« Reply #4 on: March 05, 2016, 03:46:47 PM »
Thank you :)
I meditate for around half an hour a session on average!
On my nothingness, I am aware of my being only! Not on Body nor on breath! When after distraction, the first thing comes to my mind is the being again. I never focused on breath or body (Body- I think I never was focusing on it but I am not sure)! And I am so sure that I have never focused on breath! But lets not come to conclusion! As it can be completely something else that I am focusing on! Nothingness which I believe is "Being"!
But my question is, is it okay to have something like this abstract thing as my focus? And how should I proceed to get deeper?

The nothingness is not being. Being is a feeling of "I am". Some times, it is called "I am ness". It is good that you got past the body and sensations. When we are in wakeful state, one feeling always there is the feeling of "I am". Obviously, this feeling is not nothingness or emptiness. If you are able to use this feeling as object of meditation and that suits you, I suggest you continue to use it. I suggest you extend your sitting time to 1 hour which I find optimal.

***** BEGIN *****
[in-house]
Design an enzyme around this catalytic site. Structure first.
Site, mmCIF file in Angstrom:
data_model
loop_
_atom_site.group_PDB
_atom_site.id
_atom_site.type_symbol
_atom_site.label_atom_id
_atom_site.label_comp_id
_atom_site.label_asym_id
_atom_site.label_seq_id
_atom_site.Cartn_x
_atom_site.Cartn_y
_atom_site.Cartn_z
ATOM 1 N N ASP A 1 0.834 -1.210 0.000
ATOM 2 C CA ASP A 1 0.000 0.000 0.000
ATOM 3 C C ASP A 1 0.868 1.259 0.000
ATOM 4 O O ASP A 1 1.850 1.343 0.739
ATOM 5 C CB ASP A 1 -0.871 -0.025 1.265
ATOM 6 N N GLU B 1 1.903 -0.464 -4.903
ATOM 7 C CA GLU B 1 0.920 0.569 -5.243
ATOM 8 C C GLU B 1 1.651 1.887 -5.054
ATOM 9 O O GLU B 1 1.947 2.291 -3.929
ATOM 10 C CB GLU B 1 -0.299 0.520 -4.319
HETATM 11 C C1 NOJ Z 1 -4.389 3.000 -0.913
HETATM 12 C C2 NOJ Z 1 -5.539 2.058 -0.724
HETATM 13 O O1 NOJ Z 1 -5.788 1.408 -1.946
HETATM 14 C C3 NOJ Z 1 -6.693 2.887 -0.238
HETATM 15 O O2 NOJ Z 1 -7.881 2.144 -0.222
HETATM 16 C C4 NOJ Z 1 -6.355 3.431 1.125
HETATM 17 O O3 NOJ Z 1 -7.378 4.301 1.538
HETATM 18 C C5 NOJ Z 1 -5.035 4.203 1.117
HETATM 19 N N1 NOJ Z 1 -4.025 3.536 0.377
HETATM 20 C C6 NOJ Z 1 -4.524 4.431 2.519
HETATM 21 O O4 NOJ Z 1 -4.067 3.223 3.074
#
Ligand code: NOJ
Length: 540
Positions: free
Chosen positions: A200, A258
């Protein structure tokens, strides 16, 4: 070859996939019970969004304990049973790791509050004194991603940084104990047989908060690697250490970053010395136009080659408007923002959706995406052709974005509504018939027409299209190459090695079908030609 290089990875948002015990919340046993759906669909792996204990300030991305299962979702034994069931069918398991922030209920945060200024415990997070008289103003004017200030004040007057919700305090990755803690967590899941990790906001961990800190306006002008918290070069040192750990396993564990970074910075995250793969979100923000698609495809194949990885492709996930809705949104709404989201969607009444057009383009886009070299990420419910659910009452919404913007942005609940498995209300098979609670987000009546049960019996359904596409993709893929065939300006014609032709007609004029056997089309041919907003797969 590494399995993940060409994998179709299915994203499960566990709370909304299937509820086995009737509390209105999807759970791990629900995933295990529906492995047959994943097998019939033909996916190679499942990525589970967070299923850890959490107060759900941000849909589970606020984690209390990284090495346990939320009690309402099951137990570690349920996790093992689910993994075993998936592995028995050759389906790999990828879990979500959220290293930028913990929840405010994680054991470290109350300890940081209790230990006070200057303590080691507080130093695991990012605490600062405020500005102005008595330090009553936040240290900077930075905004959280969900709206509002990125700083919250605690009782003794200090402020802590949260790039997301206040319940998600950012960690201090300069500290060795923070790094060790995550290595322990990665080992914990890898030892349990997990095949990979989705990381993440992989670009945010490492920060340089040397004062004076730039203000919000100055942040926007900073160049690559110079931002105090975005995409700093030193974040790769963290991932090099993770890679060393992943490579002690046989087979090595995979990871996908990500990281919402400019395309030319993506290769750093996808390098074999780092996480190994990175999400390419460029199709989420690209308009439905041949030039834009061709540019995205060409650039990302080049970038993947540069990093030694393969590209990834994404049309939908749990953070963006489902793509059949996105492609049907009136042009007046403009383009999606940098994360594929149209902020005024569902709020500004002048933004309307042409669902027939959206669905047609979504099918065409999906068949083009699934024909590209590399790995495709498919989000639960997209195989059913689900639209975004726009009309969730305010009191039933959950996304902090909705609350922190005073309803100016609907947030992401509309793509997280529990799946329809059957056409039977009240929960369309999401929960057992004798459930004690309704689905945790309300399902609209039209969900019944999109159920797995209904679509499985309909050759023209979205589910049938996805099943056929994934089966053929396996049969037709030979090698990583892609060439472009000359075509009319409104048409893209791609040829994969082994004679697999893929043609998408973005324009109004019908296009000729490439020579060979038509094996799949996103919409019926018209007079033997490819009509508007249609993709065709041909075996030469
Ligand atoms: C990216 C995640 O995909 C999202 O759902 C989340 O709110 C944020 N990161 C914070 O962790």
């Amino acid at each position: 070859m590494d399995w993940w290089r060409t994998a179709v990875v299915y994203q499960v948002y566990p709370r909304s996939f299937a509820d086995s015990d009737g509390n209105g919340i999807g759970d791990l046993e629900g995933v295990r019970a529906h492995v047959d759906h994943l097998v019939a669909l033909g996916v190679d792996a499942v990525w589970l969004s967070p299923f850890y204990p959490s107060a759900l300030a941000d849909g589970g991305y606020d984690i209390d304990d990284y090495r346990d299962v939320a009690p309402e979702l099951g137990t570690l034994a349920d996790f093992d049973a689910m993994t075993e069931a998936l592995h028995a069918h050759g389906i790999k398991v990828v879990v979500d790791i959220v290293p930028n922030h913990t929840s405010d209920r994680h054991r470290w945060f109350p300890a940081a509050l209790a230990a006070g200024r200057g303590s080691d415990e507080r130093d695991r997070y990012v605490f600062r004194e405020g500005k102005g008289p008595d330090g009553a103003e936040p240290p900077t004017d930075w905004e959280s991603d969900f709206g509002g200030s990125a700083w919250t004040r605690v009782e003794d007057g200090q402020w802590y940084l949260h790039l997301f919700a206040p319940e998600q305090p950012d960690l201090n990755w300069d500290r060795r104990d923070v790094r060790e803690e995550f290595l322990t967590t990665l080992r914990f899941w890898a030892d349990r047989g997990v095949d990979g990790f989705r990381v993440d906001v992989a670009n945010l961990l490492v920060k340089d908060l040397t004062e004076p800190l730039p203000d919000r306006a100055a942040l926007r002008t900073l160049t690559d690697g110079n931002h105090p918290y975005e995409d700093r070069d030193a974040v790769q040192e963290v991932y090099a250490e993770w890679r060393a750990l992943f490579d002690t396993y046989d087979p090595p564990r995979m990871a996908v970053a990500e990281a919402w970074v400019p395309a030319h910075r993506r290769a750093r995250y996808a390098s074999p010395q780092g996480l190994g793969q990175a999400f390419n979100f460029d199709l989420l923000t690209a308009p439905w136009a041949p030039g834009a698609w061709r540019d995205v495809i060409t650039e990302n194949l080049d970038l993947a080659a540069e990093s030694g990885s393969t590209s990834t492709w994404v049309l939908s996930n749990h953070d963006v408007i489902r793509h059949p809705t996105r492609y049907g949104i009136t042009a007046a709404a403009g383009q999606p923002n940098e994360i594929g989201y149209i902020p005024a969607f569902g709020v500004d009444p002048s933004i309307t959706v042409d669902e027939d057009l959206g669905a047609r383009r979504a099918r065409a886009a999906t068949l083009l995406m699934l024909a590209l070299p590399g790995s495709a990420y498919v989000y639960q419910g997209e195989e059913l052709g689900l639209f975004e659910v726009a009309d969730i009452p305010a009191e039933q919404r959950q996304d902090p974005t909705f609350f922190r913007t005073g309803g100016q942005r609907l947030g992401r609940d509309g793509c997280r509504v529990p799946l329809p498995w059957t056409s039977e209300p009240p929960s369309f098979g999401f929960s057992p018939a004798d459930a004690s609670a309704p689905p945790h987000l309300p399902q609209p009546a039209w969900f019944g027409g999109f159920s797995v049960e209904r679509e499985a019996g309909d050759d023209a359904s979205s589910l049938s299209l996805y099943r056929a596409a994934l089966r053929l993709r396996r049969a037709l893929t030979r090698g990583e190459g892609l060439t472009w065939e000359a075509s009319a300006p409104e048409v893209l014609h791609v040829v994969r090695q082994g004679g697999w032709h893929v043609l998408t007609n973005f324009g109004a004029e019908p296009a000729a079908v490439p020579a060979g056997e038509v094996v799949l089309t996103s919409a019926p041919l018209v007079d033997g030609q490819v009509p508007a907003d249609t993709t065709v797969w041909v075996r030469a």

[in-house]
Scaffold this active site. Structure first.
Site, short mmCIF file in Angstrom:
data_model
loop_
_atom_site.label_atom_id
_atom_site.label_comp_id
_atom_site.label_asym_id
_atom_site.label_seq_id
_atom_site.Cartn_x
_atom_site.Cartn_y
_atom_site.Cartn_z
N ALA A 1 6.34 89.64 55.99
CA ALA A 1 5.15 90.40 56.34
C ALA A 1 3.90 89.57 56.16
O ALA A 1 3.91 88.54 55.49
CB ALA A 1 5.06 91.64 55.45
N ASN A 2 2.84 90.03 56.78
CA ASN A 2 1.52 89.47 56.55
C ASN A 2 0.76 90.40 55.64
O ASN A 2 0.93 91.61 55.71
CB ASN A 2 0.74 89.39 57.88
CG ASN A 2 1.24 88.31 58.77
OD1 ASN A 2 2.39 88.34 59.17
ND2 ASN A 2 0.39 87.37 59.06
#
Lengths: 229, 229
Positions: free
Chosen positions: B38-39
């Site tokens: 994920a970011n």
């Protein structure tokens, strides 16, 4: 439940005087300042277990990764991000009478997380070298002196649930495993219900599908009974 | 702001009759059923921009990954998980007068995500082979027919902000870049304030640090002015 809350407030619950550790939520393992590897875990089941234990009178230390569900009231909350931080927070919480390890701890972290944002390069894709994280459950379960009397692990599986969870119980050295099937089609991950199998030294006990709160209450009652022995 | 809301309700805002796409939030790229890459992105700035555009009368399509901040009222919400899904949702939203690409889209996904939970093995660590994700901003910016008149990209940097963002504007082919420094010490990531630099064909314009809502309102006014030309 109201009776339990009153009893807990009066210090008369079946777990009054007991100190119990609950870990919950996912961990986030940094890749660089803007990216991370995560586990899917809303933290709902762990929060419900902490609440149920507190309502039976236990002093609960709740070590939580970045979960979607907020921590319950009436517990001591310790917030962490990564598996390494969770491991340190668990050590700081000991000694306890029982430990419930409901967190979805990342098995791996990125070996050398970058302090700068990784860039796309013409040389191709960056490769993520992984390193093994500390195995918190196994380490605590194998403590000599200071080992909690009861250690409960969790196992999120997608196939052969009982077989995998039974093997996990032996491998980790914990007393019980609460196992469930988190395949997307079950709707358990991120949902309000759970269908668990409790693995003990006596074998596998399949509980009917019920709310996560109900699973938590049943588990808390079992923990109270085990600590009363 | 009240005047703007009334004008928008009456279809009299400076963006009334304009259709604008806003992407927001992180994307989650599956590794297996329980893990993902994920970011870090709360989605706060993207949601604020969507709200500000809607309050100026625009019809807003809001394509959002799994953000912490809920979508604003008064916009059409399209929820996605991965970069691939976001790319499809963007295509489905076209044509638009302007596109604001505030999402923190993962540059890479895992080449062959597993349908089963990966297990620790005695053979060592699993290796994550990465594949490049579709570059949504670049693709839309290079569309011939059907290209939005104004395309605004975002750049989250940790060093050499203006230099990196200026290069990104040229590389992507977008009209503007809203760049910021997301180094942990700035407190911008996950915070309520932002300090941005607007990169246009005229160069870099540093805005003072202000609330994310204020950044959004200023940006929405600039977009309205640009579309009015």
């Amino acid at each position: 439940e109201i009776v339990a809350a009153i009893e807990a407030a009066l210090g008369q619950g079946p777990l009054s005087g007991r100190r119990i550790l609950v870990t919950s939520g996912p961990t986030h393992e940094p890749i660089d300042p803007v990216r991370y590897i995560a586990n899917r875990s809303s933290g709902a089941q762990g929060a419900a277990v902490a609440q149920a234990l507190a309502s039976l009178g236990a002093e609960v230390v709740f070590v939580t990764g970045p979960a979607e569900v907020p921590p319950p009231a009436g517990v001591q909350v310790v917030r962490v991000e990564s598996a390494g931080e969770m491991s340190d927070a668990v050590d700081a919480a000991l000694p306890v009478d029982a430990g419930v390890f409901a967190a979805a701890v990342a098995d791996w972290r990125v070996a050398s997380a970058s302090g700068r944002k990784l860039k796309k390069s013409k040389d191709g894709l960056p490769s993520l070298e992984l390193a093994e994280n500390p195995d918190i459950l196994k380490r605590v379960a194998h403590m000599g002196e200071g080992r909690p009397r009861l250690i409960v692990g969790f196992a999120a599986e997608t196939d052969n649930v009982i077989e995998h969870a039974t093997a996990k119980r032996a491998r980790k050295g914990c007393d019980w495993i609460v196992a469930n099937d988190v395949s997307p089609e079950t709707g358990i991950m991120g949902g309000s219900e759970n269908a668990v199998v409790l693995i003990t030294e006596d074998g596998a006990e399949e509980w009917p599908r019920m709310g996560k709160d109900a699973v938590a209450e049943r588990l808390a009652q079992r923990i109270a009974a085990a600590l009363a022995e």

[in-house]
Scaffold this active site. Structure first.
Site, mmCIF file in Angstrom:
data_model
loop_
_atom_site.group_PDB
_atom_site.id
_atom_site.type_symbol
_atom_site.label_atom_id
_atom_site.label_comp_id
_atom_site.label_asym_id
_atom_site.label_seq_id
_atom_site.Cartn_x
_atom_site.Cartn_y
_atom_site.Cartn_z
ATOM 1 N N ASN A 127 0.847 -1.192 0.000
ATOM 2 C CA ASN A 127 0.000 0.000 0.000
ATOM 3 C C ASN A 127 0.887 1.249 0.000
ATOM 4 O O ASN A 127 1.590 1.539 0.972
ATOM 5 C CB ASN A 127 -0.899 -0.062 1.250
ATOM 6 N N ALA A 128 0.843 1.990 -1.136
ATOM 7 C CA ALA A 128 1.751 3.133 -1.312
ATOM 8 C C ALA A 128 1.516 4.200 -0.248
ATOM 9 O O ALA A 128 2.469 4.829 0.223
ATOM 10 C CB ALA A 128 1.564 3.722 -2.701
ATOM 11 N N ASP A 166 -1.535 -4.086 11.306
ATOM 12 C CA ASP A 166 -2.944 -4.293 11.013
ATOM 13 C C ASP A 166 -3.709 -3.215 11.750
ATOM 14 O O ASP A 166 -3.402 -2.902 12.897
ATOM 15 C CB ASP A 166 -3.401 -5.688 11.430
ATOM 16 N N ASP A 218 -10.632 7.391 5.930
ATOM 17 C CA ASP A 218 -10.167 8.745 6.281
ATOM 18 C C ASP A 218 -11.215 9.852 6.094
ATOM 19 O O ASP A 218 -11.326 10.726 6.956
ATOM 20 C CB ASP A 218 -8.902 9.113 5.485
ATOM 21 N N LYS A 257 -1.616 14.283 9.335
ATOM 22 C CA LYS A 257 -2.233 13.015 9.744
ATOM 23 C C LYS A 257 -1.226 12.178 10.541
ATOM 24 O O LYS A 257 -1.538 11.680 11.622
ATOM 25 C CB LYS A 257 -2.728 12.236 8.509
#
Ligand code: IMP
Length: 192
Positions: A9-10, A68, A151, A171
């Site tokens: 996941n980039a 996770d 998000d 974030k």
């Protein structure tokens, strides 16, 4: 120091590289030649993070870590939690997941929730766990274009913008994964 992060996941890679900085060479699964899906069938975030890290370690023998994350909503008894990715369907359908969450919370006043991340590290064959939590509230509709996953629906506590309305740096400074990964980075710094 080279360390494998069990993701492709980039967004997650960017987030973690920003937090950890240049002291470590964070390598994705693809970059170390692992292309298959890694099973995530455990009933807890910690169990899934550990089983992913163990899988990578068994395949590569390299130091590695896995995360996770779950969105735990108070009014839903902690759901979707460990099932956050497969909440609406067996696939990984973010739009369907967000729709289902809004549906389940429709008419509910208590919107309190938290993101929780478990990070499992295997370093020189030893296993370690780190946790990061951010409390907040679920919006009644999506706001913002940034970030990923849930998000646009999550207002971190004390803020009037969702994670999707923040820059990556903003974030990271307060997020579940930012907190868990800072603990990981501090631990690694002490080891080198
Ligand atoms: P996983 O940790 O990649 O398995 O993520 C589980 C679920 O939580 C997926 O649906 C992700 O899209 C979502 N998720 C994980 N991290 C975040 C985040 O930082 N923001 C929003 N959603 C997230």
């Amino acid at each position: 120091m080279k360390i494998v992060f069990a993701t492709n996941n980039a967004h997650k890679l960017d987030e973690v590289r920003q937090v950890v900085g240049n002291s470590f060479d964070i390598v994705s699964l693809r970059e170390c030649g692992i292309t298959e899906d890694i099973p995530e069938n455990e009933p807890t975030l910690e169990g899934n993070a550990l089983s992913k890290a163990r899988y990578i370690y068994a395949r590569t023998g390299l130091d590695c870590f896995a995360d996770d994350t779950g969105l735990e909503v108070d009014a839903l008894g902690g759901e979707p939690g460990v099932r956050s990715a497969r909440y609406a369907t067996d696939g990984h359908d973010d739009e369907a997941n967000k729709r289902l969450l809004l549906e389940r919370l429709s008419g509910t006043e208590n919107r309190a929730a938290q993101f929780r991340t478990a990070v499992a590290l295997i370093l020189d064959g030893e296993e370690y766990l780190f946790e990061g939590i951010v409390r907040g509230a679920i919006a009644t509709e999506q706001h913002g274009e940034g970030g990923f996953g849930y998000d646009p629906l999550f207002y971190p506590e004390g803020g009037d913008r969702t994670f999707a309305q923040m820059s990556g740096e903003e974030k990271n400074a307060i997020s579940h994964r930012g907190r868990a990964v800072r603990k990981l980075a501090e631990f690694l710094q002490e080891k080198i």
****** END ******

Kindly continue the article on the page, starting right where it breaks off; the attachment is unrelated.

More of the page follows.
I second what Matthew said regarding the need for developing concentration, equanimity and tranquility. They help your mind stabilize on the object of meditation well and help you progress on the path.
Take everything I say with a grain of salt.

inwentor

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Re: ****What is this form of meditation?****
« Reply #5 on: March 06, 2016, 06:32:12 PM »
Extending the time of meditation, sometimes I do it automatically for 45 mins to an hour, but on some other times, it feels boring and I stop it in 20 mins.
Also in order for my motivation, I wish to know how the next stages will experience like.